CAO

All parents should take time to read the CAO handbook. Your child will have been provided with one in school and there is a PDF version on the CAO website. In addition, the CAO has published a parents’ guide, which is available through the student resource section of the website. Here, you will also find a demo application, where students and parents can familiarise themselves with the application form. There are also video guides available to explain the offers and acceptance process as well why it is important to list courses by order of preference.

Careersportal.ie – Parents

This website has everything needed for college and careers choices and there is a dedicated section for parents. It contains everything from how to talk to their son or daughter, how to choose a career and apply to college and even how to cope after making the wrong choice. Everything you might ever need is here in one place and it is a great place to start for any novice or even experienced senior cycle parent.

Careersportal.ie – Course Search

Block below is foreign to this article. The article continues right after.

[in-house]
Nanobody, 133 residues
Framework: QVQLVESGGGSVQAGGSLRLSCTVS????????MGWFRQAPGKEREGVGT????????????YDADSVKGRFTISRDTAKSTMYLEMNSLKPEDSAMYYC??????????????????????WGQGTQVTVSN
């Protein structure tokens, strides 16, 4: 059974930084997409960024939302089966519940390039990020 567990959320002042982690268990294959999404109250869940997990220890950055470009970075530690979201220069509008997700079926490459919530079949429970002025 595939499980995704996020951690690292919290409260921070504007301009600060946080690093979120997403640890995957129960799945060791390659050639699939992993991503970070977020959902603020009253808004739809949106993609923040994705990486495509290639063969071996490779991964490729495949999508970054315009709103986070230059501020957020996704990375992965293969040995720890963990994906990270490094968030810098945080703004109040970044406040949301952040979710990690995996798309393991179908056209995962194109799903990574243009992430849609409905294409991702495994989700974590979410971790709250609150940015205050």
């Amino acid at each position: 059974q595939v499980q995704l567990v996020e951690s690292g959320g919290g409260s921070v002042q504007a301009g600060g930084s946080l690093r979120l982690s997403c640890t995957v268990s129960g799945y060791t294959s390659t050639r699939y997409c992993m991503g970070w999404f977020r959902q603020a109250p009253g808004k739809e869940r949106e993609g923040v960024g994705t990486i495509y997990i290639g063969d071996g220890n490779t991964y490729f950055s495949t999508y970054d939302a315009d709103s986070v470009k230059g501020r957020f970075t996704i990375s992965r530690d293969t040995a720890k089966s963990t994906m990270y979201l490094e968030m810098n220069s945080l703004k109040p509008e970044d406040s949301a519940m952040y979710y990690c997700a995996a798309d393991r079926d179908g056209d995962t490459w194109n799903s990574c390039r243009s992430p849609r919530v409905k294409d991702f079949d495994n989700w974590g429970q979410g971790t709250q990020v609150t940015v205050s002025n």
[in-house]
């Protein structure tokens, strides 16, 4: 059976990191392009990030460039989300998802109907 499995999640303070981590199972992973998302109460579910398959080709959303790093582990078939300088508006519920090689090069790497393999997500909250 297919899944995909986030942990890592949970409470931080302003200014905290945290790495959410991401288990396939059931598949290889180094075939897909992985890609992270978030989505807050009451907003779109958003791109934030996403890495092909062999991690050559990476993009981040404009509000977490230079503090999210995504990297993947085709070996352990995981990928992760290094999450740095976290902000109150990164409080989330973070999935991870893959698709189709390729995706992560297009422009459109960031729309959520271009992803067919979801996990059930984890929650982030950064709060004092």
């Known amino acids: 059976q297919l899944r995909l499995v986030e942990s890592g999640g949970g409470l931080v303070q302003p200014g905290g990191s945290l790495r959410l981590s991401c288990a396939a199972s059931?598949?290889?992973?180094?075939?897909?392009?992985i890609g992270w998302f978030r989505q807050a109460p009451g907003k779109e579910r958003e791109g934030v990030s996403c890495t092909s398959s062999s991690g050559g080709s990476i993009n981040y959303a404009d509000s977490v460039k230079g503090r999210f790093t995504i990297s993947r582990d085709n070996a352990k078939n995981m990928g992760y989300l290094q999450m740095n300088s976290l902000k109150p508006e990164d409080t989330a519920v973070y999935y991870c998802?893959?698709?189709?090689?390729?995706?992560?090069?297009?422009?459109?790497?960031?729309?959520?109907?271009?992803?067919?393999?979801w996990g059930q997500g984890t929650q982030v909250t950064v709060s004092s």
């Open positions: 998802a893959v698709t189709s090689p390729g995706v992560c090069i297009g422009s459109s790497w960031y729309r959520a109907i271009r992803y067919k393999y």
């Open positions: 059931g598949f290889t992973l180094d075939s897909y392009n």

A relatively new addition to my bag of tricks, this is my go-to course search tool. I like it for a number of reasons: it links with the REACH programme, which many guidance counsellors use in careers’ class; it’s easy to flick between the CAO and the further education sector; it is clearly laid out and offers detailed course descriptions. What I like most are the filters – students can exclude courses from certain areas of the country or courses that require certain subjects, or seek courses that match their ‘career interest’ results (the career interest test is available on the site). Applicants can save their courses in an easy-to-use personal file, which can be revisited.

Applying for medicine

The ‘applying for medicine’ PDF available on the CAO website offers a summary of how the CAO points and HPAT systems work, as well as giving the entry requirements for every medical degree in the country and more. There is also a version for graduate medicine. Both are essential and easy reading for anyone considering entering this field of study, and for any parent trying to support a prospective applicant.

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Careers News

Posted by Francis O' Toole on October 15, 2018

 

 

  1. The rise of Artificial Intelligence in China
  2. What use is the Internet of Things?
  3. Project to help Parents teach Computing
  4. UCC Announce new Lectureship in Plant Genetics
  5. Inclusive Practice Pyramid – Disability Support in Third Level